Handling big data sets has always been a concern for R users. Once the size of the data set reaches above 50% of RAM, it is considered “massive” and can literally become impossible to work with on a standard machine. The bigmemory project, by Michael Kane and Jay Emerson, is one approach to dealing with this class of data set. Last Monday, December 13th, the New England R Users Group warmly welcomed Michael Kane to talk about bigmemory and R.
Bigmemory is one package (of 5 in the bigmemory project) which is designed to extend R to better handle large data sets. The core data structures are written in C++ and allow R users to create matrix-like data objects (called big.matrix). These big.matrix objects are compatible with standard R matrices, allowing them to be used wherever a standard matrix can. The backing store for a big.matrix is a memory-mapped file, allowing it to take on sizes much larger than available RAM.
Mike discussed the use of bigmemory on the well-known Airline on-time data which includes over 20 years of data on roughly 120 million commercial US airline flights. The data set is roughly 12 GB in size and considering that read.table() recommends the maximum data size to be 10%-20% of RAM, it is nearly impossible to work with on a standard machine. However, bigmemory allows you to read in and analyze the data without problems.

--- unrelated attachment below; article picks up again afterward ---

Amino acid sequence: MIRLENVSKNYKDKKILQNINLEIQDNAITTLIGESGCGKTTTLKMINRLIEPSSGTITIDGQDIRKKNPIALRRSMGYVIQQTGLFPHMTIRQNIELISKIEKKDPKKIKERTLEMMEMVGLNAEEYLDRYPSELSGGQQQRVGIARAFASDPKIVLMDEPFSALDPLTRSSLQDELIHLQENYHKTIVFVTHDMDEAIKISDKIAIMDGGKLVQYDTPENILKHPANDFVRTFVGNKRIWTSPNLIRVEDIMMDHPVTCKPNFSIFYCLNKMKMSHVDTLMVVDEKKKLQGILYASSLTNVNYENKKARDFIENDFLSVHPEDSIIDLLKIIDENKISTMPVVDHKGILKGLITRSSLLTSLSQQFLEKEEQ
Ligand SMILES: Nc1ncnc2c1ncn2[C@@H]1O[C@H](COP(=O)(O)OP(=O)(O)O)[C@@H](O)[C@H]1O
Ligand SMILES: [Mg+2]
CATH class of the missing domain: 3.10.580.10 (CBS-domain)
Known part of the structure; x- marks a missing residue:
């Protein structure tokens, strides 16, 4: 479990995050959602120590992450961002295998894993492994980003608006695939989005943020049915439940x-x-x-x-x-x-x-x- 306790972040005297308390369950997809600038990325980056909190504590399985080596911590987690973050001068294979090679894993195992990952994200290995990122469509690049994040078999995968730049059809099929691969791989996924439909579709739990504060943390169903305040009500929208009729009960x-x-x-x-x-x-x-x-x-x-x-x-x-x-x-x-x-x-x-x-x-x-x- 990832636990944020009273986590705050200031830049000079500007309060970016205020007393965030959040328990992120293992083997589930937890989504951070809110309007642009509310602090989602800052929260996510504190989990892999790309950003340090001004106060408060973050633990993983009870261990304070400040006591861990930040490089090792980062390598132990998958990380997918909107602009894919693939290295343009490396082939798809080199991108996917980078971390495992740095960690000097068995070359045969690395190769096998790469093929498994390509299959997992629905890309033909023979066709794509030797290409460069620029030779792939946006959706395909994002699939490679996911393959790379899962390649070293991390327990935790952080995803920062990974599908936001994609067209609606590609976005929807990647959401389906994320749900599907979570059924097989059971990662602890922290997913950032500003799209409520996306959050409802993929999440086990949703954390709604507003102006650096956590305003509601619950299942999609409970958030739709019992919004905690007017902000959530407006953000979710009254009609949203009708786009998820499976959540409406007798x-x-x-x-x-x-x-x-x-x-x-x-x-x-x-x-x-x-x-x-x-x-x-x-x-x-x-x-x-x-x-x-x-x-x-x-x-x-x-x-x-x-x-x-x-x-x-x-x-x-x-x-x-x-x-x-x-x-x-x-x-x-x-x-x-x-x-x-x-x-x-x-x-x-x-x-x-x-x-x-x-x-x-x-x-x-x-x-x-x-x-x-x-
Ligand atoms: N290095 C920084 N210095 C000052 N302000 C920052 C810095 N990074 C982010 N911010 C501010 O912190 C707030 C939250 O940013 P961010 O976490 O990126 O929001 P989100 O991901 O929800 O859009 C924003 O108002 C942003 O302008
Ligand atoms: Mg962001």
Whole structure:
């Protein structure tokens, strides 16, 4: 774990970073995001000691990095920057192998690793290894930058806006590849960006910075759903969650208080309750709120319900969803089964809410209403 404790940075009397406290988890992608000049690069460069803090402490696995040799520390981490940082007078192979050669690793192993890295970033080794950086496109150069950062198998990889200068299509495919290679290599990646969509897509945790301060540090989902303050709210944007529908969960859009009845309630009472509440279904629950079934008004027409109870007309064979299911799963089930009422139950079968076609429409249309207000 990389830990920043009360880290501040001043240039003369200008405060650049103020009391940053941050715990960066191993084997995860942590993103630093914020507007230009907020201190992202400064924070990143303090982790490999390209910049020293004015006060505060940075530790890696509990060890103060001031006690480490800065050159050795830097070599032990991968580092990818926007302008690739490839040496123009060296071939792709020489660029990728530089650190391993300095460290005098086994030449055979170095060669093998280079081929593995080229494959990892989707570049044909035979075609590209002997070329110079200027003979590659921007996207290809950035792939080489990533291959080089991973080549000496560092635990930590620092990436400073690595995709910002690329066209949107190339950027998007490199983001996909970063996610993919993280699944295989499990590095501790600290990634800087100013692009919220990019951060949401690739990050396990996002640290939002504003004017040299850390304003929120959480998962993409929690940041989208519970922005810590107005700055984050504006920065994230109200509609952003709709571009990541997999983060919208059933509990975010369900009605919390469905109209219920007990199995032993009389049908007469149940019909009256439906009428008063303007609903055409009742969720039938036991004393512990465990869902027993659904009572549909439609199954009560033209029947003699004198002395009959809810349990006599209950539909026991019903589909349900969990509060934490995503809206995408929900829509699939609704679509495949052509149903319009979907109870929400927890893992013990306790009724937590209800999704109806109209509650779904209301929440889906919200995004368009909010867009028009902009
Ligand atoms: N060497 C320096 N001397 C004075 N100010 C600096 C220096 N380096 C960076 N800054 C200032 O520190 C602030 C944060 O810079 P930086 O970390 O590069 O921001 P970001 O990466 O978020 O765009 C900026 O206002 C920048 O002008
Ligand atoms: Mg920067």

Mike also showed how bigmemory can be used with the MapReduce (or split-apply-combine) method to greatly reduce the time required by many statistical calculations. For example, if one were trying to determine if older planes suffer greater delays, you need to know how old each of the 13,000 planes are. This calculation, running on a standard 1 core system is estimated to require nearly 9 hours to compute. Even when running in parallel on 4 cores, it can take nearly 2 hours. However, using bigmemory and the split-apply-combine method, the computation takes a little over one minute!
The bigmemory project was recently awarded the 2010 John M. Chambers Statistical Software Award and was presented to Mike at the 2010 Joint Statistical Meetings held in August.